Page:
Curse of the Shinawatras: Yingluck faces wipeout with billion dollar fine

Photo: Moritz Hager/CC BY-SA 2.0

A panel formed by the Thai military government has ruled former leader Yingluck Shinawatra is liable for a 20% share of the disastrous rice-pledging scheme. Critics allege it is actually a ploy to finally eradicate her family’s political influence.

By Tan Zhi Xin

Thailand’s government is demanding former prime minister, Yingluck Shinawatra, pays for damages incurred by her rice-pledging programme which resulted in a substantial loss of 178 billion Baht (US$5.13 billion) between 2013 and 2014. The government’s panel has ruled that Yingluck’s negligence was responsible for 20% of the total loss, or 35.7 billion Baht (US$1.03 billion). For her part, the former leader dismissed the accusations and maintained that she is a piece on the political chessboard.

Man proposes, God disposes

Looking back, Yingluck’s scheme had good intentions but was also a reckless and over-ambitious scheme that left a disastrous impact on the Thai economy. The idea was to take advantage of Thailand’s large market share and manipulate global rice prices to stimulate the economy. Under the programme, the government promised to procure rice from farmers at an inflated price – THB 15,000 (US$450) per tonne. This was 4,000 Baht above the previous rate, and almost 50% higher than global market price.

The grand strategy was to stockpile this rice, thereby reducing global supply and driving up prices, then reselling at a higher price. All this seemed feasible as Thailand controlled up to 30% of the global rice market. However, the plan backfired. Nobody, including Yingluck, had expected that India and Vietnam would fill the void in the global supply.  As a result, estimates say costs incurred in the first year alone ranged from $8 billion to $20 billion.

Since Yingluck was the highest authority overseeing the rice-pledging programme, it makes sense to hold her responsible for the substantial losses. However, she maintains that the primary motivation for the project was to help poor farmers who had been neglected by wealthy business elites for years.

In that sense, it was meant to be a form of public investment, not a profit-making venture. In fact, losses by the state were to the benefit of the farmers. Ultimately, the Thai economy still benefitted. Above all, it was passed and approved by the parliament. Why then is Ms Yingluck being held solely liable for losses that the elected house was also responsible for?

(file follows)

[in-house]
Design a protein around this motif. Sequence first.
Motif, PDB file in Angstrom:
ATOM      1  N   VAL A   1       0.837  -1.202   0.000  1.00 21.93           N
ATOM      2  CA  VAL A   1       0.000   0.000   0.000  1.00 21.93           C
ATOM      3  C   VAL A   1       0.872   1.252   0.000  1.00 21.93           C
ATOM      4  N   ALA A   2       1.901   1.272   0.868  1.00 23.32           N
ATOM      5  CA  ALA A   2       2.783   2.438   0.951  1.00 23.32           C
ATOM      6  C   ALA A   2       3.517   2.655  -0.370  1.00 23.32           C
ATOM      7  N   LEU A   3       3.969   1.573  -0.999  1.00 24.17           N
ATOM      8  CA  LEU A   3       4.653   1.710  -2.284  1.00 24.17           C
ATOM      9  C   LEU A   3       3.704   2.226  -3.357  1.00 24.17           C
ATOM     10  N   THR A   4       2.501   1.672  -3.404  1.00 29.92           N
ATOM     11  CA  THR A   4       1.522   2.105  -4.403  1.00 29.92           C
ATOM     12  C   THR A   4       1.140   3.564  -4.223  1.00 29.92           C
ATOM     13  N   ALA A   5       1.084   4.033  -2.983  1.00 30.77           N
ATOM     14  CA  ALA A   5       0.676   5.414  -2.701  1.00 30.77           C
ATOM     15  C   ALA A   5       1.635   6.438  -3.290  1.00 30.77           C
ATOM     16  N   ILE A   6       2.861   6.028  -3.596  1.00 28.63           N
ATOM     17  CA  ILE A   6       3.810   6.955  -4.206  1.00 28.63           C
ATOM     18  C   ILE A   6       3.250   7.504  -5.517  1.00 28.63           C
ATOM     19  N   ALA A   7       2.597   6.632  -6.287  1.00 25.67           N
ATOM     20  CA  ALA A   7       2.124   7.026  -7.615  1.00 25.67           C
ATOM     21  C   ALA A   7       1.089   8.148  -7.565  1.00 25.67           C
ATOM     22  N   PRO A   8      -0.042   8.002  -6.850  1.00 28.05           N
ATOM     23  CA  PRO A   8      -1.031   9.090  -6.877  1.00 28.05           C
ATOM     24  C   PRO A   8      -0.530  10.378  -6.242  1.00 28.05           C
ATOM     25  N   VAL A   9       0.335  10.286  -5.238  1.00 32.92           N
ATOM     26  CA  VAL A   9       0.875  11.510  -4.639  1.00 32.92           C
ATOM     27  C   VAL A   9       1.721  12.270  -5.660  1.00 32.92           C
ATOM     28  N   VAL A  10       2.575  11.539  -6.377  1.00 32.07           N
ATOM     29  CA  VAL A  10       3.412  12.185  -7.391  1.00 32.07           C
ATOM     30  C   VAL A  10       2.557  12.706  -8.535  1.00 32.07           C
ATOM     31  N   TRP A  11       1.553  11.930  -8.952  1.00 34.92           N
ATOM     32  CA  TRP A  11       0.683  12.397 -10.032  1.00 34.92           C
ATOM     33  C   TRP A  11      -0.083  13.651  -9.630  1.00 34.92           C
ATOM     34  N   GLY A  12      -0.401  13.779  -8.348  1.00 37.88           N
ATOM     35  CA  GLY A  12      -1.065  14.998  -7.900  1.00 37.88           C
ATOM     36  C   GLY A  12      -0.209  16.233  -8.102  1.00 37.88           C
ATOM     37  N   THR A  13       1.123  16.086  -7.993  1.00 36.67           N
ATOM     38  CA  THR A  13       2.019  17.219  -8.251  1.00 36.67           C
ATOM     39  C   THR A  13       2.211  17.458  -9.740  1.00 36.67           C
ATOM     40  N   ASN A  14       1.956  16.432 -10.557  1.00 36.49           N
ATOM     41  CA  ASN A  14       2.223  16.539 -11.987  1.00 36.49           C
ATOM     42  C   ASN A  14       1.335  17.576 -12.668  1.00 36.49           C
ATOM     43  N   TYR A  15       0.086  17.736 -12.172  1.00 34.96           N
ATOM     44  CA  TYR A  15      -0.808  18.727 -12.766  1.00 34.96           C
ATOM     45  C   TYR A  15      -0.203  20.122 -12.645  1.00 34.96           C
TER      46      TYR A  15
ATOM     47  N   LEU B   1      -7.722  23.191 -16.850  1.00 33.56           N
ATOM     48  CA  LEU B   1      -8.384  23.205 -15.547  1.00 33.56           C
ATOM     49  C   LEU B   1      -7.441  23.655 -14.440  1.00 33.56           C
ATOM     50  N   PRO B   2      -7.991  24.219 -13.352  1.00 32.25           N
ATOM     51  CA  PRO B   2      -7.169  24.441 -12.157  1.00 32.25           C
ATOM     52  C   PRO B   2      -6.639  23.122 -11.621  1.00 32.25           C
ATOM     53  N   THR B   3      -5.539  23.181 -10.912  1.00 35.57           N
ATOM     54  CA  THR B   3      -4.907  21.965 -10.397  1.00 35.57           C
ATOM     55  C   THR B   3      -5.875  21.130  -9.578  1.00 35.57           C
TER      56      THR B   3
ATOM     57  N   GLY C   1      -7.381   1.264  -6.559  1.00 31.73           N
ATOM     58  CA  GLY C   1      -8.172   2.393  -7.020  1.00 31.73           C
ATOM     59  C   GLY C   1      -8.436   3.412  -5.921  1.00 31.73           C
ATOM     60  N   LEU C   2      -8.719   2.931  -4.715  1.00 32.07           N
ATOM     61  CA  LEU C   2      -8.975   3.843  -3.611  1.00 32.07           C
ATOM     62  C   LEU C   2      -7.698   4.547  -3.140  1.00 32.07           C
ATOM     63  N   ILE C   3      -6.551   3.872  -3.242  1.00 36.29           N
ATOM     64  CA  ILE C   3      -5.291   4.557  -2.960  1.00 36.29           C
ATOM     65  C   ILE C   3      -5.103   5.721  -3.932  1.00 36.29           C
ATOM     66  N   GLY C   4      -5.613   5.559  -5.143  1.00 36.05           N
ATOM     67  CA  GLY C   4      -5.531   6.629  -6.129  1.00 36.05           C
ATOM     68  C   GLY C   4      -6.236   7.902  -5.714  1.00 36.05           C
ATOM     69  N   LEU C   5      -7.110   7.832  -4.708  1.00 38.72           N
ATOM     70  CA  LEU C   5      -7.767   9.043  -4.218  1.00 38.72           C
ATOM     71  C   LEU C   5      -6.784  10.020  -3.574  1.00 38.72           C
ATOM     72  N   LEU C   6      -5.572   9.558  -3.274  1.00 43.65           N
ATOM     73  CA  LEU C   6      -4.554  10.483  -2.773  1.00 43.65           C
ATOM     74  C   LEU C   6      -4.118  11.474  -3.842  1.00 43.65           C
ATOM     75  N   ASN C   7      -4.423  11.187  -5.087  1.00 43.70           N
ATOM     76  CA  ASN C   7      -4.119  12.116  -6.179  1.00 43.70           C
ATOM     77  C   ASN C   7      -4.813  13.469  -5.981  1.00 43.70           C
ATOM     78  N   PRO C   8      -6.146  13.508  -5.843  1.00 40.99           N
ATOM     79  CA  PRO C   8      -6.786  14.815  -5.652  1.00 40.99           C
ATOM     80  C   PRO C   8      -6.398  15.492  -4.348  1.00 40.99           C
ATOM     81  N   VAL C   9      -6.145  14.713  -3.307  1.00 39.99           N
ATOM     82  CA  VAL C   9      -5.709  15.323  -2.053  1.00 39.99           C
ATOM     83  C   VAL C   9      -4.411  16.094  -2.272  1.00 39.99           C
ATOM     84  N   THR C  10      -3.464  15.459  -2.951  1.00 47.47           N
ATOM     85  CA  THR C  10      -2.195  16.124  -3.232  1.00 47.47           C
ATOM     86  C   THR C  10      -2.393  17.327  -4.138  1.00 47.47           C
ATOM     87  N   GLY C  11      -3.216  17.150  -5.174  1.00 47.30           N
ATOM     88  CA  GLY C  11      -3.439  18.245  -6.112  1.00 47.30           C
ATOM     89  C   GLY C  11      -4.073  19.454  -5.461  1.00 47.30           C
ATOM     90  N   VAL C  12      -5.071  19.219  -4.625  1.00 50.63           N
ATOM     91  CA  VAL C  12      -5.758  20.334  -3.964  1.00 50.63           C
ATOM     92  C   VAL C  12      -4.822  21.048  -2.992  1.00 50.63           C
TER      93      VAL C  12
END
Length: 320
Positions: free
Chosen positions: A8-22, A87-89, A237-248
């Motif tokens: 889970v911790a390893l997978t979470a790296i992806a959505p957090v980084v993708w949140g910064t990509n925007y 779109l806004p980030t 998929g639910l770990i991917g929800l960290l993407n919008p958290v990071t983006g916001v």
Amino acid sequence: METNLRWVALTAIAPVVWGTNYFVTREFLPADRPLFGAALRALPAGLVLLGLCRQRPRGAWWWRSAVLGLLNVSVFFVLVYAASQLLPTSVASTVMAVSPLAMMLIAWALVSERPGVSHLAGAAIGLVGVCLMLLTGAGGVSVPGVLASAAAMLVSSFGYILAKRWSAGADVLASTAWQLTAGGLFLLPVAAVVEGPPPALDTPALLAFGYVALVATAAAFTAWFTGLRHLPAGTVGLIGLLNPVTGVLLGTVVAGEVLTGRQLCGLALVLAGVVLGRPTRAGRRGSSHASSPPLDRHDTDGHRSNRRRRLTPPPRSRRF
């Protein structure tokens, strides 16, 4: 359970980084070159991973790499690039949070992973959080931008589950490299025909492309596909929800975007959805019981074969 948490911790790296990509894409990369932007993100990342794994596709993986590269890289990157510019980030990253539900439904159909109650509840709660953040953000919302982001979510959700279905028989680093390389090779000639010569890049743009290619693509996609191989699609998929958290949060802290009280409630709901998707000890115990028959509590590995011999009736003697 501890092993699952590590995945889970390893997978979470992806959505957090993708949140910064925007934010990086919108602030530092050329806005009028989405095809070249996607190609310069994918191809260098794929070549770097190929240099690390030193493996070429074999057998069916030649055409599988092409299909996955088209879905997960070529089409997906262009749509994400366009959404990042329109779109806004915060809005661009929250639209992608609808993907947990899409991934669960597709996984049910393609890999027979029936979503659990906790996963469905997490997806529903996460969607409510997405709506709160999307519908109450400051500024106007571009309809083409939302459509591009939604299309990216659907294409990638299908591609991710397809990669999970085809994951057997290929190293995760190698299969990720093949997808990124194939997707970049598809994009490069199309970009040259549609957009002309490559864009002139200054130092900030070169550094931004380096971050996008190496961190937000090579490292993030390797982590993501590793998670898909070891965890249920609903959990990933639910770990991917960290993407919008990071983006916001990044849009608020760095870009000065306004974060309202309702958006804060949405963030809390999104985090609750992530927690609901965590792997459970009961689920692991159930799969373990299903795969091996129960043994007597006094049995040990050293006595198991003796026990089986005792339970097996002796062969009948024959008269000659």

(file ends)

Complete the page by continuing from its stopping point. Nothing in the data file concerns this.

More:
Political persecution

“(In) the same way you wish to ensure justice and protect your brother, the law must be exercised without bias against my side,” said Ms Yingluck concerning a recent scandal involving prime minister, Gen Prayut and his nephew. In response, current Prime Minister Prayut asks, “So would someone like to dodge the legal process and let my government take the blame instead?”

“The trial (serves) to pin Yingluck down – not to be set free but not to be punished at the same time,” commented Pavin Chachavalpongpun, a Thai politics expert at Kyoto University. It was evidently a political persecution, and someone has to take the blame for the huge loss the country suffered. Shinawatra is the perfect candidate. By holding Yingluck responsible, the military junta could snuff out the political influence of the Shinawatra family.

In light of the new moves, the military’s attempt to politically strangle Ms Yingluck is clearer than ever. The rice scheme was not the first unprofitable scheme the government implemented. Policies concerning the Bangkok Mass Transit Authority and State Railway of Thailand also incurred hundreds of billion Baht, yet nobody was held responsible. Is this not clearly a double standard?

But why?

Thailand’s political scene has always suffered from pendular swings between the military-backed royalist elite and parties tied to Thaksin Shinwatra. Parties associated with Thaksin might have won the previous three elections, but they all were all ousted by the military soon after.

Yingluck and her brother are the figureheads of the country’s democratic movement, and they enjoy massive popularity – especially among rice farmers in the north. Even though they might have been ousted by the military each time they held power, their ability to even win an election worries military-backed elites.

The army is now in power, but it has no intention of sharing that control or giving way to democratic institutions. Its landslide victory in the recent constitutional election suggests that it is now very determined to entrench itself and prevent any form of opposition.

And with the next election drawing near, it makes sense to think that the military is taking each opportunity it has to wring out every little bit of political influence and popularity Ms Yingluck and her brother have. Besides that, the Thai government is also in need of money. Thailand’s ambitious economic plan – Thailand 4.0 – requires an enormous amount of funding, but the Thai economy is still experiencing sluggish growth despite emerging from economic stagnation. Currently, the economy is predicted to grow by just 2% in 2016.

What happens now?

According to Section 8 of the 1996 law governing liabilities in the state sector, damage compensation should be shared by all debtors in the same case. As such, a separate committee will be formed up to seek compensation for the remaining 80% percent of the losses incurred by Ms Yingluck’s rice-pledging scheme.

Ms Yingluck has submitted a petition to the prime minister via her lawyer because the investigation process is illegal. But the chances are that she will not get the justice she wants. With her brother still living in exile and the entrenched power of the military, it seems like the political future for the Shinawatra siblings is gloomier than ever.